Council leader Sir Albert Bore explains why the type of all-powerful regional chief proposed would not work in the region. Post Editor Stacey Barnfield reports

Sir Albert Bore has admitted there is “zero prospect” of the Greater Birmingham and Solihull Local Enterprise Partnership being led by a conurbation mayor.

The Birmingham City Council leader was speaking after the Government announced its support for plans to devolve greater decision-making and spending controls to the country’s regions to stimulate the economy.

And Coun Bore (Lab, Ladywood) also revealed how difficult it has been bringing council leaders together to form the Greater Birmingham and Solihull Local Enterprise Partnership (LEP), “never mind table the notion of electing someone to be a mayor for the area”.

As part of the report, the Government says it is ‘supporting local authorities that wish to create a combined authority or implement other forms of collaboration including conurbation mayors’.

An LEP conurbation mayor could potentially become the most powerful position in the region with direct influence over different local authority budgets – one of several stumbling blocks for previous suggestions to have a West Midlands-wide decision maker.

Coun Bore is a known supporter of a high-profile figurehead for big cities, having supported Hodge Hill MP Liam Byrne in his campaign to become Birmingham’s first elected mayor during last spring’s failed referendum. The people of Birmingham overwhelmingly rejected the idea of the new role, stopping the campaigns of former Erdington MP Sion Simon, Mr Byrne and then Conservative council leader Mike Whitby before they got going.

Coun Bore has for 12 years advocated an elected mayor for Birmingham.

“Notwithstanding that I’m sitting here in the position I now am, I still believe that elected mayors add something,” he told the Birmingham Post.

“And it’s this – you represent the city, not the city council. You are elected by the residents of the city and therefore you are seen to be the person in charge.

“And, most importantly, you’re seen by government.

“An analogy I’ve always used is to take a pebble and throw it in to a pond and watch the ripples. The bigger the pebble, the further the ripples travel,” he said.

“Birmingham provides economic ripples that go a long way and this is now being realised. Birmingham is at the centre of the economic ripples so what we need is governance that fits that economic map,” he added.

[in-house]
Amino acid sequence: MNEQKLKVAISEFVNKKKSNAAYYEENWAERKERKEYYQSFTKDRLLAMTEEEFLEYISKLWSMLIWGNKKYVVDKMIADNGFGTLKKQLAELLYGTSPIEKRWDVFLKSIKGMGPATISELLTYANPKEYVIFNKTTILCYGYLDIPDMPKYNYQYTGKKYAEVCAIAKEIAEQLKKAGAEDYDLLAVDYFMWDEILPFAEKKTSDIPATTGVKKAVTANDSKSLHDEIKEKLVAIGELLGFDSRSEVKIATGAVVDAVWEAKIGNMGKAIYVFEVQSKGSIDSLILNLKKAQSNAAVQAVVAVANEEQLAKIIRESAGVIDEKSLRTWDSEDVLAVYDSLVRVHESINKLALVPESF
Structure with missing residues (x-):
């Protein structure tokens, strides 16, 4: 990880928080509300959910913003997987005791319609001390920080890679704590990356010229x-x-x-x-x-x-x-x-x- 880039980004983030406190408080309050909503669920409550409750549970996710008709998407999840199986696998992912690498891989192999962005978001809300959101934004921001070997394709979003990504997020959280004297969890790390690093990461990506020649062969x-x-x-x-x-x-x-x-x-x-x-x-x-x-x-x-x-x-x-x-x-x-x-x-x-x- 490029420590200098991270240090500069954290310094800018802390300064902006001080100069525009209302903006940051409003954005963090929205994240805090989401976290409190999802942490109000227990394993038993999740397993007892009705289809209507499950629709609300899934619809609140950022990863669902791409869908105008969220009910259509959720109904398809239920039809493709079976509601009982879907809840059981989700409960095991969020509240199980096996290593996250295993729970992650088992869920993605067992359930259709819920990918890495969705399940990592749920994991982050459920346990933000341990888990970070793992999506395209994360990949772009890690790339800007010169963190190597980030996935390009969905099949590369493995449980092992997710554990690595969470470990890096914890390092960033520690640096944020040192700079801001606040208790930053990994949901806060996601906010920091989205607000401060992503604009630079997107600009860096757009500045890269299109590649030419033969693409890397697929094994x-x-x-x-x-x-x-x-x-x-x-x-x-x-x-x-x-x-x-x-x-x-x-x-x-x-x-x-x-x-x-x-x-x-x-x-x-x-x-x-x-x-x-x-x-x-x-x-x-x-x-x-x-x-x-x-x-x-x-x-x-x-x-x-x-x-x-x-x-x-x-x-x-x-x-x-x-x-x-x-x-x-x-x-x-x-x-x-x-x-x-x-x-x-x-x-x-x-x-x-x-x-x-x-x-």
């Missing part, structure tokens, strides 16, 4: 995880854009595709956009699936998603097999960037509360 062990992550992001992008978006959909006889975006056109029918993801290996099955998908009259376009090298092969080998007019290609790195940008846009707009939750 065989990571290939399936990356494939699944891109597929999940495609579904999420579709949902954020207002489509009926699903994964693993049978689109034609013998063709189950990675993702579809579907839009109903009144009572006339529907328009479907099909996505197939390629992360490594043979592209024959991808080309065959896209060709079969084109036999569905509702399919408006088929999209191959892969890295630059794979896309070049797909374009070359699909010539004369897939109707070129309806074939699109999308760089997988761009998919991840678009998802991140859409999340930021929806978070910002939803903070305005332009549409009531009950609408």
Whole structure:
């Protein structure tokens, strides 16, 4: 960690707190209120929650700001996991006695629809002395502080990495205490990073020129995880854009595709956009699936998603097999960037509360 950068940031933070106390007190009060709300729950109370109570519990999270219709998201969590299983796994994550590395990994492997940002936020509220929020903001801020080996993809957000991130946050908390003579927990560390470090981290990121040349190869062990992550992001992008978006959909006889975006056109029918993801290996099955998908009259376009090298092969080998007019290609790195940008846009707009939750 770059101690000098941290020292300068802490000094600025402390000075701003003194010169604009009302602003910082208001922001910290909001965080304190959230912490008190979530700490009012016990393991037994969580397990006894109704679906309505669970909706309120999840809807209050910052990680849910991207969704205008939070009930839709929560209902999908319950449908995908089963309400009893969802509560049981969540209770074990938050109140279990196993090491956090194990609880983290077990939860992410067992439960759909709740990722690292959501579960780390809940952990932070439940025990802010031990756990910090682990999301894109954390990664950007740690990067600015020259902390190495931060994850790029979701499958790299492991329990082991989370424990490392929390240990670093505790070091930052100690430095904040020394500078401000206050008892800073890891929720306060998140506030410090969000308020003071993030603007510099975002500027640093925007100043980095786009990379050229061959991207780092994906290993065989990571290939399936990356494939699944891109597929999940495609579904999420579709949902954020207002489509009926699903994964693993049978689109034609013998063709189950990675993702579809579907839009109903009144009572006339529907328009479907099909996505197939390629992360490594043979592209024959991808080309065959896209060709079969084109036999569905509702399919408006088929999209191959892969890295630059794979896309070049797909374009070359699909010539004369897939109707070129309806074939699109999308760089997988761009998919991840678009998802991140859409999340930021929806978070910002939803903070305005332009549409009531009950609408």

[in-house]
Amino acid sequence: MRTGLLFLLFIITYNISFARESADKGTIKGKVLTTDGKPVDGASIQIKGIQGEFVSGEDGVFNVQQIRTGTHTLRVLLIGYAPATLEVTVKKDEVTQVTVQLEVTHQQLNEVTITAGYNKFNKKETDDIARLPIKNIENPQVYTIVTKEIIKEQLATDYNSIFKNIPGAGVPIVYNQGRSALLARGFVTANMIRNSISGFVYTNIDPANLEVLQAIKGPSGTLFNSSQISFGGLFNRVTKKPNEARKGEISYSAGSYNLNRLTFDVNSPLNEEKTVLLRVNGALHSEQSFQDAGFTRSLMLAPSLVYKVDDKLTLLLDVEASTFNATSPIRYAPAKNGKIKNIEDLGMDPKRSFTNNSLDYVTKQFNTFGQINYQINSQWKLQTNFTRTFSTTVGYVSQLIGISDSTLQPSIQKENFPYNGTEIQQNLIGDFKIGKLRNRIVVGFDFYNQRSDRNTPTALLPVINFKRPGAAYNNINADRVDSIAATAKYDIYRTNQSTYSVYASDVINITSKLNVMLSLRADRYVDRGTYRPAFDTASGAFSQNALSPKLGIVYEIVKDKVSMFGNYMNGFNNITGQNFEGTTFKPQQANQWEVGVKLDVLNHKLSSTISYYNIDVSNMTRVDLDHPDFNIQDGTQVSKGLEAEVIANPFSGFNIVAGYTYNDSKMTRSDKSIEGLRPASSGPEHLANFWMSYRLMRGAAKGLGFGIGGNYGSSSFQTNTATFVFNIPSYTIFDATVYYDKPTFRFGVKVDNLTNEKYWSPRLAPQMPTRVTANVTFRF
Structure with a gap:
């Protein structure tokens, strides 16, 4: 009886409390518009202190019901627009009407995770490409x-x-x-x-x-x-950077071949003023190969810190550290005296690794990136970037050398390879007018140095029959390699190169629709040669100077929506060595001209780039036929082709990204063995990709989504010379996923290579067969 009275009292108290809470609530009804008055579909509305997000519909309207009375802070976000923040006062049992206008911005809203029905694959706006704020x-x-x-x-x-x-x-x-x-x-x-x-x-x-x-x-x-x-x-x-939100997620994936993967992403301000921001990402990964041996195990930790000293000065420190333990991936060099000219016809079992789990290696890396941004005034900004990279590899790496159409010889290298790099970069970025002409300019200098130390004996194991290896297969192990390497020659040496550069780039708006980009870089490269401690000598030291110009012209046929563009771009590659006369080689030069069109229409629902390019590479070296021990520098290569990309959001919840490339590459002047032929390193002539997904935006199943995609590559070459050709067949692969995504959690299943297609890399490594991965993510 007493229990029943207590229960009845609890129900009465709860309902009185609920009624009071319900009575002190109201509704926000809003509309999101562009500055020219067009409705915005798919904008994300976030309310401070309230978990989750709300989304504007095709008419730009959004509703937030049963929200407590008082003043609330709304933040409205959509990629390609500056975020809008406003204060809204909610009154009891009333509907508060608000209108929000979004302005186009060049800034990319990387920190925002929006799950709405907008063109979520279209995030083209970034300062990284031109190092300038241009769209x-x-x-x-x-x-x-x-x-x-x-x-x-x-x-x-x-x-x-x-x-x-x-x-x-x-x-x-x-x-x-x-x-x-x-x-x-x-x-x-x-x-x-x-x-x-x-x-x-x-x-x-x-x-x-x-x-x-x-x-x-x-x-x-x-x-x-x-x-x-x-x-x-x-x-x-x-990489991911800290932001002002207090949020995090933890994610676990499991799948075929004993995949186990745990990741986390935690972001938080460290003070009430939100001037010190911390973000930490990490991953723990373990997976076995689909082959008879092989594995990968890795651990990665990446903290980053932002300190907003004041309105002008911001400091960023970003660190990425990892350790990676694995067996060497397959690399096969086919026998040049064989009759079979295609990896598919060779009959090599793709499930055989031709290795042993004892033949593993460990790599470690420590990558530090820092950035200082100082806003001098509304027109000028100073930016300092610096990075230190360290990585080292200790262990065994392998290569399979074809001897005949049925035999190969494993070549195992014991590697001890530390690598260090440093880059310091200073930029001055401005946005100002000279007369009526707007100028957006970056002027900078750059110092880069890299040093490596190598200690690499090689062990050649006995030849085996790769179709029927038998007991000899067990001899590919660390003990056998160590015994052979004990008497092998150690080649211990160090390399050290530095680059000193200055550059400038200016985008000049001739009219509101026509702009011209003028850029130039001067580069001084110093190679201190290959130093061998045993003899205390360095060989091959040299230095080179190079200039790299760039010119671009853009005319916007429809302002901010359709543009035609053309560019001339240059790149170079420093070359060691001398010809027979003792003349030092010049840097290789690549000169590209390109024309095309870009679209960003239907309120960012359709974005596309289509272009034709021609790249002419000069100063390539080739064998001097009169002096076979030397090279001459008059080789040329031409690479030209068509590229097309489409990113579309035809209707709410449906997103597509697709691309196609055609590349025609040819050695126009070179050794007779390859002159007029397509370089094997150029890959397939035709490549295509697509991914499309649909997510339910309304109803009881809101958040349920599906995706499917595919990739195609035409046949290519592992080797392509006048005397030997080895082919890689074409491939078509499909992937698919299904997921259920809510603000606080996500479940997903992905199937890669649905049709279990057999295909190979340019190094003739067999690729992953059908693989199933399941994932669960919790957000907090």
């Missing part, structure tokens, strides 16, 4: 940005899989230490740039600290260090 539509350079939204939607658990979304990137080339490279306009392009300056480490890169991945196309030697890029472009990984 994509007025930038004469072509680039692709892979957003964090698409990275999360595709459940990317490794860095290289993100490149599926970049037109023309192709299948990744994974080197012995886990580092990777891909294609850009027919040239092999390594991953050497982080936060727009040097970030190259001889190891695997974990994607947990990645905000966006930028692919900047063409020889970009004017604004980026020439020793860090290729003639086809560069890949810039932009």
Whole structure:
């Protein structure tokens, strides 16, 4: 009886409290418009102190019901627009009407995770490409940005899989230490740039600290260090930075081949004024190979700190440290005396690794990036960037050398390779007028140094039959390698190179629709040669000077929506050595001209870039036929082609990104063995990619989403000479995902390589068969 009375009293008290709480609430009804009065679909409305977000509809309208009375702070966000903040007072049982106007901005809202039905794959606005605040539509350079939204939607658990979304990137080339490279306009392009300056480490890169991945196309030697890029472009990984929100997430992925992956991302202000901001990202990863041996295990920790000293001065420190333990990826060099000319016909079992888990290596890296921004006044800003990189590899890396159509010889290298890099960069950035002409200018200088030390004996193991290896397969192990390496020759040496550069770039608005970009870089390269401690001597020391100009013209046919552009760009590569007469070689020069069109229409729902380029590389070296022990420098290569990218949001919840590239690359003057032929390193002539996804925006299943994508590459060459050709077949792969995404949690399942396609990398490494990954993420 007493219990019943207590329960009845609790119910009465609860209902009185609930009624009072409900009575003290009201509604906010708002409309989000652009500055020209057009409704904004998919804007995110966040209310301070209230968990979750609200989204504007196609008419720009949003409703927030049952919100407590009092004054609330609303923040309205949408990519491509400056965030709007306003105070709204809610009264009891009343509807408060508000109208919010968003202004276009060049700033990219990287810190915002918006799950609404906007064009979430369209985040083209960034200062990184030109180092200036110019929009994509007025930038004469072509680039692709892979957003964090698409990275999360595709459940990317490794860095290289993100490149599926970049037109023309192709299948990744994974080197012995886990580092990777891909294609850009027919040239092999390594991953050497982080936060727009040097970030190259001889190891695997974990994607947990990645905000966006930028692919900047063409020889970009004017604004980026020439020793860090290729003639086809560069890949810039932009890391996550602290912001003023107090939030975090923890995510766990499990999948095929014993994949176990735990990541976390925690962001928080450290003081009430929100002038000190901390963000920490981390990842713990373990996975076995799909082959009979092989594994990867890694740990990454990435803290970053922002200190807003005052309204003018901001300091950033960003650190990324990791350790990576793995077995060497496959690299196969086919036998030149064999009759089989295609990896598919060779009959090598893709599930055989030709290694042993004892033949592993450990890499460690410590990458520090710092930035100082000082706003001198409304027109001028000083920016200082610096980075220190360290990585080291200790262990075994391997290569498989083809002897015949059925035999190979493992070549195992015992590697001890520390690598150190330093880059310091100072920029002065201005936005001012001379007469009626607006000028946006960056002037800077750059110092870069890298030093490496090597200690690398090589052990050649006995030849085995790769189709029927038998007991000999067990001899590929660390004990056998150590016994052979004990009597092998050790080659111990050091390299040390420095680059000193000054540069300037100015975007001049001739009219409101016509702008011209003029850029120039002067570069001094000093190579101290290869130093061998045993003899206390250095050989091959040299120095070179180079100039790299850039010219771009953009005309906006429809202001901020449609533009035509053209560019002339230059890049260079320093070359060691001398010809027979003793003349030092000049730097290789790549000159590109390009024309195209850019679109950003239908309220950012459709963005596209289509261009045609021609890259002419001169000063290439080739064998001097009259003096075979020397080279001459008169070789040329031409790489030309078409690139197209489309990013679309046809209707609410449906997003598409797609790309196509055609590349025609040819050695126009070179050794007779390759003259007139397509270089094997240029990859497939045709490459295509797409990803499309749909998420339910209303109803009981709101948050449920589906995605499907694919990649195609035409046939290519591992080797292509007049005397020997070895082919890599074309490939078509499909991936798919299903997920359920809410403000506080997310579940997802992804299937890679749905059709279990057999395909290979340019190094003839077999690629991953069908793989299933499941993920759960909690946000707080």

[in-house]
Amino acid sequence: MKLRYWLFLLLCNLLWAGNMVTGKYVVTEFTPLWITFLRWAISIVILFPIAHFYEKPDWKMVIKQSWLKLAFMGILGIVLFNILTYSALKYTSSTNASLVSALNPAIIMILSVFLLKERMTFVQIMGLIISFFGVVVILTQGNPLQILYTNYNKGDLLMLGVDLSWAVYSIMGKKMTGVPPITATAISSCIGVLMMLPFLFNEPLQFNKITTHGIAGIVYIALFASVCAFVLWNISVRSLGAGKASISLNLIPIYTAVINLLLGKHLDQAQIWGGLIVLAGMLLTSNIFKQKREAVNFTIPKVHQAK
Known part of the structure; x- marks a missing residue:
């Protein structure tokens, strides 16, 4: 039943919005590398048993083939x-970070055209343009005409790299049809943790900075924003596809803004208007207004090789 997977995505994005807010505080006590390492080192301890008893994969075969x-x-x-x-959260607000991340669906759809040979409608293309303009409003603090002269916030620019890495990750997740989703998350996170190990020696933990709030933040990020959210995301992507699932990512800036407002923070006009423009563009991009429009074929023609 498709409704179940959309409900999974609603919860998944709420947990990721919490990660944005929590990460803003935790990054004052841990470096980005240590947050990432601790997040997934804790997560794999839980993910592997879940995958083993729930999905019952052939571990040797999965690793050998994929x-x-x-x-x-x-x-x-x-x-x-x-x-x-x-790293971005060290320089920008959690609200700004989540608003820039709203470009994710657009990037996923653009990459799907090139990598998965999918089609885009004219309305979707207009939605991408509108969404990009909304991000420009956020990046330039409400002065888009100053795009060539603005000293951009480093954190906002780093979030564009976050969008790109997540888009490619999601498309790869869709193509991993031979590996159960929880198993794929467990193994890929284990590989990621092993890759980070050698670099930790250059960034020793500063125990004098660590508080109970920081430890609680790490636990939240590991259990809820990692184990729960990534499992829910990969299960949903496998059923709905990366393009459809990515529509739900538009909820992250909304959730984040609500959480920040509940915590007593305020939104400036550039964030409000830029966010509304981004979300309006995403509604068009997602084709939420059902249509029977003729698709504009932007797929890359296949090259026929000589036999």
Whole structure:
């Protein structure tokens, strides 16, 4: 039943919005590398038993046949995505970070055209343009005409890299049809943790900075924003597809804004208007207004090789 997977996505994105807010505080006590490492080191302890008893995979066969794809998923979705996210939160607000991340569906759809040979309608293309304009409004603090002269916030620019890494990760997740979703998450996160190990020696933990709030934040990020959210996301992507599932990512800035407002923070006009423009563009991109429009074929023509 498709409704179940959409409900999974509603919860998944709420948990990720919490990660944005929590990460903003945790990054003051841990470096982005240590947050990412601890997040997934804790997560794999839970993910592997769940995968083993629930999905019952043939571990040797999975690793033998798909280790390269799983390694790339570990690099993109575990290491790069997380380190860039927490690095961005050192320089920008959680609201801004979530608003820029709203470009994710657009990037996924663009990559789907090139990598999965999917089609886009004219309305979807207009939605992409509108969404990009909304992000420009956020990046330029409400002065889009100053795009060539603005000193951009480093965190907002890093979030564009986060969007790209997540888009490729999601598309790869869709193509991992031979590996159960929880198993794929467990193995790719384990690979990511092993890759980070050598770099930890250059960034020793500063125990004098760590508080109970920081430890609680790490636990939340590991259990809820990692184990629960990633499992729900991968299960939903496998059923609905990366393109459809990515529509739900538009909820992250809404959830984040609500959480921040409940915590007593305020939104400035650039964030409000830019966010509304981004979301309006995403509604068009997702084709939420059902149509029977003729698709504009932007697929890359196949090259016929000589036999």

Coun Bore said there is another leader in the LEP area who has told him “in no way would the residents of his authority ever vote for a mayor who ran things out of Birmingham”.

“You could elect a mayor for a wider region such as the LEP area but because at the moment it is such a disparate grouping of authorities who are only just beginning to learn how to work together I think as a notion I really doubt it would be taken up,” said Coun Bore.

“There is no point of raising that as an issue in the Greater Birmingham and Solihull LEP. It has been very difficult to argue for a combined authority which is bringing the leaders together never mind electing someone to be the mayor for the LEP area.

“There is zero prospect of that agenda being taken up in the Greater Birmingham and Solihull LEP.”

Coun Bore said the LEP board are looking ahead to 2015 and a possible change of government by trying to establish what will be the attitude of a Labour leadership to LEPs.

“None of us want the situation that came about in 2010 when an incoming coalition scrapped Regional Development Agencies and there was a vacuum and nothing happened,” he said.

“Out of that has come LEPs but it has taken a while and has been a painful process. None of us want that vacuum to emerge in 2015.

“I’ve been talking to Hilary Benn about what an incoming Labour Government might want to do around the LEP agenda because I want to make sure that whatever we’re doing now is going to lead into whatever a Labour leadership might want to do.”

Coun Bore believes the Greater Birmingham and Solihull LEP has solved any issues surrounding governance and who has final say administering a multi-billion pound budget.

“There was a clear hint from government that if this is to be successful, we would need to have absolute clarity around the issue of governance and I think behind that is the recognition that with LEPs there is a bit of a democratic deficit agenda,” he said.

“You’ve brought the business community and public sector together and there are decisions being taken with public-sector money.

“You’ve got to have democratic accountability here and that isn’t currently built into LEPs.

“Birmingham City Council is acting as the accountable body for much of what the LEP currently does.

“What the government suggests is that we put in place a supervisory board which is made up of all the leaders of all the authorities in the Greater Birmingham and Solihull LEP area.

“If you set up in local government a joint committee of various authorities the individuals who go into that committee carry with them the authority of their own council and decisions taken are in effect the decisions of that council. It does mean you are bound in to the decisions of the supervisory board and that builds in accountability.

“That deals with the democratic deficit dilemma.”